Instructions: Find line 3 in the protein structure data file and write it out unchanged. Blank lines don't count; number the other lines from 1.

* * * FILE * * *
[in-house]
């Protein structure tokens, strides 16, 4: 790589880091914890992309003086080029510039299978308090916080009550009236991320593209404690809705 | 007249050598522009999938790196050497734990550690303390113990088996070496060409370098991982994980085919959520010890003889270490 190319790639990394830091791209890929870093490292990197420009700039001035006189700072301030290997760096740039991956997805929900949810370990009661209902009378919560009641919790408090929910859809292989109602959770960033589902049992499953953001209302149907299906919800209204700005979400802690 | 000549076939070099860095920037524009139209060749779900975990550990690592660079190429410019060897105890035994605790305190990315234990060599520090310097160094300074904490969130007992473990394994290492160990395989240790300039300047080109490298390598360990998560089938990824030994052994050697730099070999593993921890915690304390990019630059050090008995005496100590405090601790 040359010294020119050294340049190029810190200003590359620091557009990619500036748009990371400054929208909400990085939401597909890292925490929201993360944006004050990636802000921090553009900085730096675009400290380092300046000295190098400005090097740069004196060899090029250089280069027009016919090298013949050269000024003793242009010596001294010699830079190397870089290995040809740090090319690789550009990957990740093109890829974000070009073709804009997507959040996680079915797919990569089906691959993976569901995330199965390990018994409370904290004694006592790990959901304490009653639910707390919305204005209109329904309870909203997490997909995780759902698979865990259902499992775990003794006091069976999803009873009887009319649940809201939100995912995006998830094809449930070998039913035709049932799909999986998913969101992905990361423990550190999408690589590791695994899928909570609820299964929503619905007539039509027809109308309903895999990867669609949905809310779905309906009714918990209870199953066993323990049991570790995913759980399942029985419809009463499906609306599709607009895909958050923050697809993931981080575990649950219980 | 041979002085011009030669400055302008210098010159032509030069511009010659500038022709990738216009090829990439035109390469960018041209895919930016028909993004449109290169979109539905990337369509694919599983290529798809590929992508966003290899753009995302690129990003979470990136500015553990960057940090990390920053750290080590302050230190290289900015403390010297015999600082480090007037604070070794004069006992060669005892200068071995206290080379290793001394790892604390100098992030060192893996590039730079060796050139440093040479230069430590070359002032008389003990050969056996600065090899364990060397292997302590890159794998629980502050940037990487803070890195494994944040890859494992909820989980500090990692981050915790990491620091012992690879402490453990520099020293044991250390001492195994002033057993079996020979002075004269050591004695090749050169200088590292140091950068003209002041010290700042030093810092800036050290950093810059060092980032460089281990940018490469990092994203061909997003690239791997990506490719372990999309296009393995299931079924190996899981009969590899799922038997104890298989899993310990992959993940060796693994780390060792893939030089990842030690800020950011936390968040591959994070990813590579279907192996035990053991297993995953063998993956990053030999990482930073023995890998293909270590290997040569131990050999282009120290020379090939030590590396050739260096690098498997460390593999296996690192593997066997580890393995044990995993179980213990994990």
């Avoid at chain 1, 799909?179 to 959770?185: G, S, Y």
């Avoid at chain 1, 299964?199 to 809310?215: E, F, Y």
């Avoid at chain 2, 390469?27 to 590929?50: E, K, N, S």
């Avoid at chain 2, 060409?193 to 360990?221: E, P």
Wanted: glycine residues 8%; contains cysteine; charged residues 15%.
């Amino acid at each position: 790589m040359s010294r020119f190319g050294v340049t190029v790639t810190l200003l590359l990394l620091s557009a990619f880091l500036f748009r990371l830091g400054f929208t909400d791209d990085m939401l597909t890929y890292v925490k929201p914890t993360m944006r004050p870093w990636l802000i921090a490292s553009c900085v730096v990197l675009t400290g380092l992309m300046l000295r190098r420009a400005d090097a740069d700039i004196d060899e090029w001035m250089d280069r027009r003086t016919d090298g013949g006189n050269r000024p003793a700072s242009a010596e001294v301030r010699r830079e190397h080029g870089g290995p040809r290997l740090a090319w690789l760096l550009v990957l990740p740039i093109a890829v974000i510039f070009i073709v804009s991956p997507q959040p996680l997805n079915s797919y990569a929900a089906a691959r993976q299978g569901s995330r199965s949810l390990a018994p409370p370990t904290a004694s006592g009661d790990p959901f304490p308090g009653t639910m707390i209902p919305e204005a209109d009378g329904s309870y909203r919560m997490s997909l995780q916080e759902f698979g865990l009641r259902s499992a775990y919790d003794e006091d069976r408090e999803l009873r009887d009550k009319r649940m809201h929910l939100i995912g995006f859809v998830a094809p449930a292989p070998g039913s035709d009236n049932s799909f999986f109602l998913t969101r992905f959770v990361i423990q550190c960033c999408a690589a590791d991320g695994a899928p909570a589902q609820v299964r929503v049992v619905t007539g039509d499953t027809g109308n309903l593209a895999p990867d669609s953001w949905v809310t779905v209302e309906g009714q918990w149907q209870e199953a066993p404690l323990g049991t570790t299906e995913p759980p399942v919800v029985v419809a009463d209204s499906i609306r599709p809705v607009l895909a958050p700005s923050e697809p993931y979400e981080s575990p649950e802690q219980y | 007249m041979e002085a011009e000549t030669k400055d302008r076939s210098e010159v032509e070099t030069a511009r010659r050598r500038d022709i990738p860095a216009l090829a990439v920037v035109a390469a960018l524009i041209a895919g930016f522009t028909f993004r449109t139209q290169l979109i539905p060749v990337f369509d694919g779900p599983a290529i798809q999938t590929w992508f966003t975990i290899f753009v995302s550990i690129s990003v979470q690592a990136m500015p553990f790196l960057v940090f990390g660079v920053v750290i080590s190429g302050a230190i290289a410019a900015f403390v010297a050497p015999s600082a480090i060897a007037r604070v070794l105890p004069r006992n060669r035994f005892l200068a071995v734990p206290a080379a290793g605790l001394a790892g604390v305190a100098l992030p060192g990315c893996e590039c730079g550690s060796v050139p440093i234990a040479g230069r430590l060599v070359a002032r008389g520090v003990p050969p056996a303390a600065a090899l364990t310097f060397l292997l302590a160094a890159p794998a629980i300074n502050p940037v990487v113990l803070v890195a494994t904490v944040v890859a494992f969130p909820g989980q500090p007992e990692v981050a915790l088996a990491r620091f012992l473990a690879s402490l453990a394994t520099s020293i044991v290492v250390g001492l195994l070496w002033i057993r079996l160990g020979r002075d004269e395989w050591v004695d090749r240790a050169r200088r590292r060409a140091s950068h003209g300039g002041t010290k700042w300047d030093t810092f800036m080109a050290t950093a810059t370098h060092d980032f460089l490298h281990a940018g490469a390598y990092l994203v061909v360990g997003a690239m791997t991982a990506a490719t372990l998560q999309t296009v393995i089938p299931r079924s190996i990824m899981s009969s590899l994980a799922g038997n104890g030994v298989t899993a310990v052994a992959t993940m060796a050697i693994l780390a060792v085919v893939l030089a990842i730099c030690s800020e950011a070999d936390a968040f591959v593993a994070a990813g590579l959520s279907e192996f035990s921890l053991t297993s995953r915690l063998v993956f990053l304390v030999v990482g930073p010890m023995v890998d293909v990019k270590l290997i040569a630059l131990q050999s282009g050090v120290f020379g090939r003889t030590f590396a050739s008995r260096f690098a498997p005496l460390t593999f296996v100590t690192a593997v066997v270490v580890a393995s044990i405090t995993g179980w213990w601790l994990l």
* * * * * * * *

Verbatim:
């Avoid at chain 1, 799909?179 to 959770?185: G, S, Y």